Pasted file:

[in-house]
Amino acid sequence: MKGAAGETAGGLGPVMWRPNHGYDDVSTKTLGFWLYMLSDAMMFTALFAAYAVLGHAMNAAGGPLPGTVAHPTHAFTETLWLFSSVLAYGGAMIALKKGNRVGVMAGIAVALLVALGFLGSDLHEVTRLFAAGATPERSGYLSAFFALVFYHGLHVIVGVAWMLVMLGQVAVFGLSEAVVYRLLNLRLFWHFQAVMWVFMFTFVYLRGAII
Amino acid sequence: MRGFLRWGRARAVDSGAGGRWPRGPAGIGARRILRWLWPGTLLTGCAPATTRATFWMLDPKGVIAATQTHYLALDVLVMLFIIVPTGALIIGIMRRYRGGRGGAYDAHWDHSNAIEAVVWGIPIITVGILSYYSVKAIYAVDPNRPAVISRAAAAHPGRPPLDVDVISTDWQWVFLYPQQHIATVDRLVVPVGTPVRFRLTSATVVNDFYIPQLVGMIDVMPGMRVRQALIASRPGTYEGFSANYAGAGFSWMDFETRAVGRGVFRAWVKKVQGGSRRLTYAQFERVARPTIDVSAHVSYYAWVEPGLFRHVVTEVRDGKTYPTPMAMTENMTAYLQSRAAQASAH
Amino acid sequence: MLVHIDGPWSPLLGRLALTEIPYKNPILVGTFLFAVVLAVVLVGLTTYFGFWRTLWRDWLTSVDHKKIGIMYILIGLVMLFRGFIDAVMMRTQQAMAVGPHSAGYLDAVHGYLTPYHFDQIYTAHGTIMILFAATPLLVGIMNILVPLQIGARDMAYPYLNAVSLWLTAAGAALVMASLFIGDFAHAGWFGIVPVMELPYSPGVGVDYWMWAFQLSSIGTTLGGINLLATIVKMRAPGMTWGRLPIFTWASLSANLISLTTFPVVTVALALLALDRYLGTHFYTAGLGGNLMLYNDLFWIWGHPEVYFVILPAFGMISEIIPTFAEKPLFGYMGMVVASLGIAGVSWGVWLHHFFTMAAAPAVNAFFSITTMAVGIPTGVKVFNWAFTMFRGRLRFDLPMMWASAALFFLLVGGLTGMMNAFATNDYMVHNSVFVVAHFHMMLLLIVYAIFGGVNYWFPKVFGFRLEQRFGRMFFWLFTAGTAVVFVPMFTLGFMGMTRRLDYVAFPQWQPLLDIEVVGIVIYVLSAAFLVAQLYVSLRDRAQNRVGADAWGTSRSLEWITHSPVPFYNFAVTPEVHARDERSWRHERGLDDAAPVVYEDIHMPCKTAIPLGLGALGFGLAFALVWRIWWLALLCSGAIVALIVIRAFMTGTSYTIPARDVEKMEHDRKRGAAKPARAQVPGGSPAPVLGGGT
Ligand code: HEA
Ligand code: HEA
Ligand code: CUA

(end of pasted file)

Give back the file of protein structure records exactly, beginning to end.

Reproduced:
[in-house]
Amino acid sequence: MKGAAGETAGGLGPVMWRPNHGYDDVSTKTLGFWLYMLSDAMMFTALFAAYAVLGHAMNAAGGPLPGTVAHPTHAFTETLWLFSSVLAYGGAMIALKKGNRVGVMAGIAVALLVALGFLGSDLHEVTRLFAAGATPERSGYLSAFFALVFYHGLHVIVGVAWMLVMLGQVAVFGLSEAVVYRLLNLRLFWHFQAVMWVFMFTFVYLRGAII
Amino acid sequence: MRGFLRWGRARAVDSGAGGRWPRGPAGIGARRILRWLWPGTLLTGCAPATTRATFWMLDPKGVIAATQTHYLALDVLVMLFIIVPTGALIIGIMRRYRGGRGGAYDAHWDHSNAIEAVVWGIPIITVGILSYYSVKAIYAVDPNRPAVISRAAAAHPGRPPLDVDVISTDWQWVFLYPQQHIATVDRLVVPVGTPVRFRLTSATVVNDFYIPQLVGMIDVMPGMRVRQALIASRPGTYEGFSANYAGAGFSWMDFETRAVGRGVFRAWVKKVQGGSRRLTYAQFERVARPTIDVSAHVSYYAWVEPGLFRHVVTEVRDGKTYPTPMAMTENMTAYLQSRAAQASAH
Amino acid sequence: MLVHIDGPWSPLLGRLALTEIPYKNPILVGTFLFAVVLAVVLVGLTTYFGFWRTLWRDWLTSVDHKKIGIMYILIGLVMLFRGFIDAVMMRTQQAMAVGPHSAGYLDAVHGYLTPYHFDQIYTAHGTIMILFAATPLLVGIMNILVPLQIGARDMAYPYLNAVSLWLTAAGAALVMASLFIGDFAHAGWFGIVPVMELPYSPGVGVDYWMWAFQLSSIGTTLGGINLLATIVKMRAPGMTWGRLPIFTWASLSANLISLTTFPVVTVALALLALDRYLGTHFYTAGLGGNLMLYNDLFWIWGHPEVYFVILPAFGMISEIIPTFAEKPLFGYMGMVVASLGIAGVSWGVWLHHFFTMAAAPAVNAFFSITTMAVGIPTGVKVFNWAFTMFRGRLRFDLPMMWASAALFFLLVGGLTGMMNAFATNDYMVHNSVFVVAHFHMMLLLIVYAIFGGVNYWFPKVFGFRLEQRFGRMFFWLFTAGTAVVFVPMFTLGFMGMTRRLDYVAFPQWQPLLDIEVVGIVIYVLSAAFLVAQLYVSLRDRAQNRVGADAWGTSRSLEWITHSPVPFYNFAVTPEVHARDERSWRHERGLDDAAPVVYEDIHMPCKTAIPLGLGALGFGLAFALVWRIWWLALLCSGAIVALIVIRAFMTGTSYTIPARDVEKMEHDRKRGAAKPARAQVPGGSPAPVLGGGT
Ligand code: HEA
Ligand code: HEA
Ligand code: CUA